April 19, 2021
More than ne million callers dialed into the Federal Emergency Management Agency‘s new funeral assistance program hotline on its first day, April 12, the agency told CNN—signalling an increased need for funeral aid as the nation’s coronavirus death toll continues to climb.
But the hotline’s rollout was marked by busy signals and “technical issues,” caused by the massive volume of calls.
On Capitol Hill Wednesday, FEMA acting Administrator Robert Fenton described the influx of calls to the agency’s hotline, pointing to “60,000 calls, 58,000 registrations. 1,700 have already come back with documentation. Hopefully we’ll start funding that next week.”
Fenton also acknowledged the hotline’s bumpy rollout, saying there “was definitely congestion on the line, and we had a couple of technical issues with the service.” But, he added, the agency “cleaned that up by the second day.”
While FEMA has aided families with disaster-related burial costs in the past, the COVID-19 effort is the largest of its type. Some $2 billion was allocated as part of the $900 billion relief deal Congress approved in December; while the Democrats’ $1.9 trillion package last month bolstered it by providing the agency with an additional $50 billion to use for coronavirus-related costs.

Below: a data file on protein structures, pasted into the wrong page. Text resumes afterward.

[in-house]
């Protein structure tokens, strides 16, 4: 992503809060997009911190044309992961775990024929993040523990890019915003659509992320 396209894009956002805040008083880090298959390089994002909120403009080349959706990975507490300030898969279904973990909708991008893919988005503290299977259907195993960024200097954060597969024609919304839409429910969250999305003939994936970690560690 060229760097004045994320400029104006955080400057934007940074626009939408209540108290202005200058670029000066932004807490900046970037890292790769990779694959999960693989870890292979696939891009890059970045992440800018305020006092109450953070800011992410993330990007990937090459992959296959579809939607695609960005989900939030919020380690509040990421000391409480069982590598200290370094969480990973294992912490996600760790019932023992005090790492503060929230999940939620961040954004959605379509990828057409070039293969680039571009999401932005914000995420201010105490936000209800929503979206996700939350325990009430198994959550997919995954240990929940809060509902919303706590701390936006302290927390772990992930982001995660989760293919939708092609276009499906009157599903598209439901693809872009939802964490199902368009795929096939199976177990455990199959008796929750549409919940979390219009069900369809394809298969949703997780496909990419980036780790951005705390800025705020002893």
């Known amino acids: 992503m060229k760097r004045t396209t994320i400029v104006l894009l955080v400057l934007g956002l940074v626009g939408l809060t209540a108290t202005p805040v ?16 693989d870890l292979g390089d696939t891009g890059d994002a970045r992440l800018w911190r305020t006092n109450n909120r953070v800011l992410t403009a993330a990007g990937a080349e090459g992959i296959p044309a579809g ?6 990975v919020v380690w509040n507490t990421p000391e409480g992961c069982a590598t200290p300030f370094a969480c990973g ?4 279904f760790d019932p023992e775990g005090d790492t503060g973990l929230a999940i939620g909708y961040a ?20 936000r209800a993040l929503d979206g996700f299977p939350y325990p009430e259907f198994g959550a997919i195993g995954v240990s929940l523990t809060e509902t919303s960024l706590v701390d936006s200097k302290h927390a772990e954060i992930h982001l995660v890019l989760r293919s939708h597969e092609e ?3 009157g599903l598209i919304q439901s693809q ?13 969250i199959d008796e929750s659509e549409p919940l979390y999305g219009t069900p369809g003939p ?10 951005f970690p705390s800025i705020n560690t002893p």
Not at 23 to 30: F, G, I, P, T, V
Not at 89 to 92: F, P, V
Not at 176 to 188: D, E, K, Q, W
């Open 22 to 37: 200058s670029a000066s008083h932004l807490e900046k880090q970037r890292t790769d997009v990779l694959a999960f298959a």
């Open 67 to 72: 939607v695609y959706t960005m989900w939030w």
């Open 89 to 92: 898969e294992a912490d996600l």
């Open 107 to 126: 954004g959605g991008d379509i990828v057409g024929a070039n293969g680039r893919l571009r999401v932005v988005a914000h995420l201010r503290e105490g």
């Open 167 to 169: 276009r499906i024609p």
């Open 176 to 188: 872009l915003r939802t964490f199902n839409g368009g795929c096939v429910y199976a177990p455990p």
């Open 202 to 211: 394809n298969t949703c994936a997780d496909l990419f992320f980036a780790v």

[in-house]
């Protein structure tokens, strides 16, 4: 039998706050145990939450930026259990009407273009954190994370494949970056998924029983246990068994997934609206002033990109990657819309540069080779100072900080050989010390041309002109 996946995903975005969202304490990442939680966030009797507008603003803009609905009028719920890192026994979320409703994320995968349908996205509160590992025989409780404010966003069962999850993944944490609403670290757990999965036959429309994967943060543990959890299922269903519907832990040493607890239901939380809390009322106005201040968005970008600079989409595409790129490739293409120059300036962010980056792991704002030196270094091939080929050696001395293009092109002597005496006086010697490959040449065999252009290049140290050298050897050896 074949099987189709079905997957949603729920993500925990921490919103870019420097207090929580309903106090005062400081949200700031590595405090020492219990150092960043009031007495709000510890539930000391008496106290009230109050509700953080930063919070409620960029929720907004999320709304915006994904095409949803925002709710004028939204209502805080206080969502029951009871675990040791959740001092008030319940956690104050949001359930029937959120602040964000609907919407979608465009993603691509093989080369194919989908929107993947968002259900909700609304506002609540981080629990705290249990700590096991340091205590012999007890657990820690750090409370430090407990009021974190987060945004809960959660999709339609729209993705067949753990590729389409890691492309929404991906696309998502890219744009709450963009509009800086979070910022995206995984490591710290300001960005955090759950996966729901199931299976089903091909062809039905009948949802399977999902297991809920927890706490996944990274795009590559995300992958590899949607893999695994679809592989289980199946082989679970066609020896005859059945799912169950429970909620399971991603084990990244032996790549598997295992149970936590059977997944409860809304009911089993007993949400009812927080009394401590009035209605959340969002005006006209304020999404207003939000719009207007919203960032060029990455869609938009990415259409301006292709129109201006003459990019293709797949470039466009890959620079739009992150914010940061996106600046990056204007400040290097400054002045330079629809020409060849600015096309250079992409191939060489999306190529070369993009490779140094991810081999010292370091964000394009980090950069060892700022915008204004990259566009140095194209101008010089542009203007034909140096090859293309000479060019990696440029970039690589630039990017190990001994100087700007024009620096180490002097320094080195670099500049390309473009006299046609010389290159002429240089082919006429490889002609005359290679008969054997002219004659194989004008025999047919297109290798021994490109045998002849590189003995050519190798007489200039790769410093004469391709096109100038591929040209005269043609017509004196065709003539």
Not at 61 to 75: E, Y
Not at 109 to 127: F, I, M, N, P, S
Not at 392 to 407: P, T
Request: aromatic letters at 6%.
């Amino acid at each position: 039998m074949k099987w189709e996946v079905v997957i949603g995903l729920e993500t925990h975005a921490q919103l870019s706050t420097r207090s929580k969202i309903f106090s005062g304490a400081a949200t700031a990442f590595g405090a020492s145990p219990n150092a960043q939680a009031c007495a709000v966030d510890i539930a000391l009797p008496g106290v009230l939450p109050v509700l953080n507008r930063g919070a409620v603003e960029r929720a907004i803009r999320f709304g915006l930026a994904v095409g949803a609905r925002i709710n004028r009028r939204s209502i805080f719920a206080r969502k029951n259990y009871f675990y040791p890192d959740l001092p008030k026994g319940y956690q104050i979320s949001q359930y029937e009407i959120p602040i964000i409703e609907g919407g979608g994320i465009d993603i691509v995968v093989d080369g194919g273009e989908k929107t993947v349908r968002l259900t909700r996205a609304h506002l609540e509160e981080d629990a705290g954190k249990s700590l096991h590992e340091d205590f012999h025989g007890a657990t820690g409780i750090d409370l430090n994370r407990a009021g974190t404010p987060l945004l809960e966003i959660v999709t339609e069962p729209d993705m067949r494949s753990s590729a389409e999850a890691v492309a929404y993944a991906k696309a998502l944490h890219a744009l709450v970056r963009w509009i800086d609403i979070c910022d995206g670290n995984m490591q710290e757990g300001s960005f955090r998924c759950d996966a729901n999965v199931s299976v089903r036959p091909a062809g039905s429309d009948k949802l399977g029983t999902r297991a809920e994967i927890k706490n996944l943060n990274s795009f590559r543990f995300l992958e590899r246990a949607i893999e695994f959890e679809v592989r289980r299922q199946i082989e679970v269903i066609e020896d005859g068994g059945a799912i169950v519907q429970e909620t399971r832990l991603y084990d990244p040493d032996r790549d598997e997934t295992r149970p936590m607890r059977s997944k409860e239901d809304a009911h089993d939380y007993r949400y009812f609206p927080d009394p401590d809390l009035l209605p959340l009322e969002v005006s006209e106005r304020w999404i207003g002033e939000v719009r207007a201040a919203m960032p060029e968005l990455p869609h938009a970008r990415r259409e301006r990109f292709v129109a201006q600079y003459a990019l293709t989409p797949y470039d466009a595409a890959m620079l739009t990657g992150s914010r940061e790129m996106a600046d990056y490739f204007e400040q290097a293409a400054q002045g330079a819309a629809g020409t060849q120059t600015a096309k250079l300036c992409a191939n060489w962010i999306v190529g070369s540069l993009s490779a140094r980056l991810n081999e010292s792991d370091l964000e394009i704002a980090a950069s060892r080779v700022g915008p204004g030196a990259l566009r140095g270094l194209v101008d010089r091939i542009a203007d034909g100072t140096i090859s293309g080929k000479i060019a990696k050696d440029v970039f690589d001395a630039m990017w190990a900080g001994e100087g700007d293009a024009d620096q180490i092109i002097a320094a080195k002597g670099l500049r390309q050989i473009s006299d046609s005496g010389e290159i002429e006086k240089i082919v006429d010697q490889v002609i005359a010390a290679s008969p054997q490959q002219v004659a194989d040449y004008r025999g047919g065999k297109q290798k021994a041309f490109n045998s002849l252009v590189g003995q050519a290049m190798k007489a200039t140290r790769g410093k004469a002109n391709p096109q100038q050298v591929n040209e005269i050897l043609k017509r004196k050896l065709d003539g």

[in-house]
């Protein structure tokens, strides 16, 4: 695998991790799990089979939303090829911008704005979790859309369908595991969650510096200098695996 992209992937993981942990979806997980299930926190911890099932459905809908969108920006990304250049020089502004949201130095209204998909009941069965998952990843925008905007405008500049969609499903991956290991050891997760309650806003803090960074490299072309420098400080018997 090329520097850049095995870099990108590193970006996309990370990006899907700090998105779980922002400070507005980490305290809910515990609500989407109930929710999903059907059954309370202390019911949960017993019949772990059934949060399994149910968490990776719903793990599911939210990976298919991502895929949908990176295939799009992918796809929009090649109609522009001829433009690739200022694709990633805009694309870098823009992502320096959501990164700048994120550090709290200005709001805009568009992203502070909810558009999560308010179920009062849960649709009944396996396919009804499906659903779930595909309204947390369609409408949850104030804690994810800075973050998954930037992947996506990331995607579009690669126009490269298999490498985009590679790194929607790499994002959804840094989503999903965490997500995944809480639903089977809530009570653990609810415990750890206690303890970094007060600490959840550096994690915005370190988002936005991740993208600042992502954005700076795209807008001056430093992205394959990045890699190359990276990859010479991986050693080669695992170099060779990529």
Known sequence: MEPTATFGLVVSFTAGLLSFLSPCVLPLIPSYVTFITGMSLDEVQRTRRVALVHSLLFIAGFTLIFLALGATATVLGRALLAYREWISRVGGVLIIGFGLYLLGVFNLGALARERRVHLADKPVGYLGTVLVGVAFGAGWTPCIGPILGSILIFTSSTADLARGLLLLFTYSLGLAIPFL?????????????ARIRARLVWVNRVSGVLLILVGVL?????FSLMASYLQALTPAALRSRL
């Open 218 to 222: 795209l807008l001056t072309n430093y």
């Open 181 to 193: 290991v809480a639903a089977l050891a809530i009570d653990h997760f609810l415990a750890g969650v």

The program’s requirements include that the death certificate must indicate that the death was attributed to or likely caused by COVID-19 or coronavirus-like symptoms, and that the death occurred in the US or its territories. There is no deadline to apply for the funeral assistance, the agency has said.
Due to the sensitive nature of the program, FEMA decided to register applicants by phone rather than online. More than 5,000 agents have been contracted to take calls “with a commitment to spend as much time as is needed with each applicant,” the agency spokesperson said.
Fenton also emphasized the focus on empathy during these conversations, telling lawmakers: “We want to make sure that we empathetically and compassionately help everyone that had a loss.”
Asked about his most difficult challenge throughout his 25-year career, Fenton reflected on how the pandemic has had “the biggest impact I’ve ever seen” and the most deaths.
“What it’s done to our country. Shut down our economy. The impact it’s had. Far beyond physical damage that we traditionally see in other disasters. It’s just been far greater than any other disaster I’ve been to … I would put that up there with 9/11 and Katrina,” he said.
To apply for COVID-19 Funeral Assistance, go to this page on the FEMA website.
Research contact: @CNN